In my books In Sheep’s Clothing, Character Disturbance, and The Judas Syndrome, I make the point that character disturbance is always a matter of degree. Just as we’ve come to learn that autistic conditions exist along a continuum (the official classification now carrying the label Autism Spectrum Disorder), character disturbances exist not only on a continuum of intensity and severity but also on a spectrum that reflects the relative presence of what has been long called “neurosis” as opposed to pure character pathology. Very few individuals are virtually devoid of any neurosis or are severely character disordered. Most folks lie somewhere along a continuum that reflects varying degrees of neurosis vs. character disturbance. I’ve written about this topic before (see, for example: Character Spectrum Disorders). But in lieu of the widespread confusion that still exists about the spectrum of character disturbances, I though it best to introduce a new series on the topic.
The nature and severity of a person’s character disturbance are big factors in determining how amenable they are to various professional interventions as well as what kinds of interventions are most likely to be effective. And getting it right when it comes to assessing where someone is on the character disorder – neurosis spectrum can be really tricky at times. I can’t count the number of occasions a person another professional had deemed “nearly impossible” to work with was referred to me because of my reputation for dealing with highly disturbed characters only to find the person to have considerable neurosis (giving me a lot, therefore, to work with). Similarly, I’ve come across my fair share of individuals who’d made the rounds of helping professionals and managed to receive just about every diagnostic label in the book except the severe character disturbance that was truly responsible for their problems.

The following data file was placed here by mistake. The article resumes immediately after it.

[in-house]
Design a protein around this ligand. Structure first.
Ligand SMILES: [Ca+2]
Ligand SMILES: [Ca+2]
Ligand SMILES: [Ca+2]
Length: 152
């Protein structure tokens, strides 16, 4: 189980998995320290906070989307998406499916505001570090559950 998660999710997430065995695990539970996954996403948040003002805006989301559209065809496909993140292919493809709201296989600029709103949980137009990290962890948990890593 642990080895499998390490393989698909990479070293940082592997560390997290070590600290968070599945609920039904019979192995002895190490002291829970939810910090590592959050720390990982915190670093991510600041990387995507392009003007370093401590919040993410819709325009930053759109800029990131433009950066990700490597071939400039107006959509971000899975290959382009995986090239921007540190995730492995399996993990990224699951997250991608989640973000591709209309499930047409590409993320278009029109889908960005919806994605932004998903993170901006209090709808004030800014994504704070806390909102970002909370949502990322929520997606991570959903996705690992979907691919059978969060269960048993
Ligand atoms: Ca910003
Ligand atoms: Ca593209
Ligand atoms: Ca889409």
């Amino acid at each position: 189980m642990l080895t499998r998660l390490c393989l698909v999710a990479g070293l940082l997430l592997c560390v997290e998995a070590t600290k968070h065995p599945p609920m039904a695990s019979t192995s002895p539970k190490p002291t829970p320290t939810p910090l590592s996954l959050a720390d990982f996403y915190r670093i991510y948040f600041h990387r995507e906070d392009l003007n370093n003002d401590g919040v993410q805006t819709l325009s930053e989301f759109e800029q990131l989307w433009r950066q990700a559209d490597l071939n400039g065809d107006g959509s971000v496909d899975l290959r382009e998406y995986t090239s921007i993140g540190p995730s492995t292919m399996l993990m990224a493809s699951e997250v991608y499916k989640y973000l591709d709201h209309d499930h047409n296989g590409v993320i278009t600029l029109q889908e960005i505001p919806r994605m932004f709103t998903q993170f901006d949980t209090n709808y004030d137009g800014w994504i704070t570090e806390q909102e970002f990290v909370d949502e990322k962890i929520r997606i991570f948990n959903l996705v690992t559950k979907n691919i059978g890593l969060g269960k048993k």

Knowing where someone truly lies on the character disturbance spectrum is not only important for professionals trying to properly assess and treat but also for individuals trying to make sound judgments about a potential relationship partner. Without a good sense of what to look for and how to evaluate what you find, you run the risk of learning far too late and after much unnecessary heartache how character impaired your partner might be. So, in the coming series, I’ll be presenting some vignettes designed to illustrate the behaviors, attitudes, and other warning signs that might indicate the person you’re thinking of getting involved with or have become involved with has serious character issues or is even, perhaps, a “wolf in sheep’s clothing.” And because so many of the commentators possess the wisdom of their own experiences, I hope many will be willing to share their insights, especially anything they did in fact notice on the front end of their relationships that might have served as “red flags” if they’d only given greater credence to their gut instincts and paid more serious heed to their reservations.
Next week’s article will feature an in-depth look at two of the biggest red flags for serious character pathology, and, therefore, big potential problems for a relationship.
I’ll be traveling over the next several days, so Character Matters this Sunday evening will again be a rebroadcast of an earlier program. But we’ll be back live Sunday, June 7 and I can take your calls then. Also, look for details to be posted in the next 3 weeks or so on the upcoming Webinar in September as well as information on registration and early registration. We’re still working on the best platform and format that will provide the most interactive capability as well as affordability but hope to have all those issues resolved soon.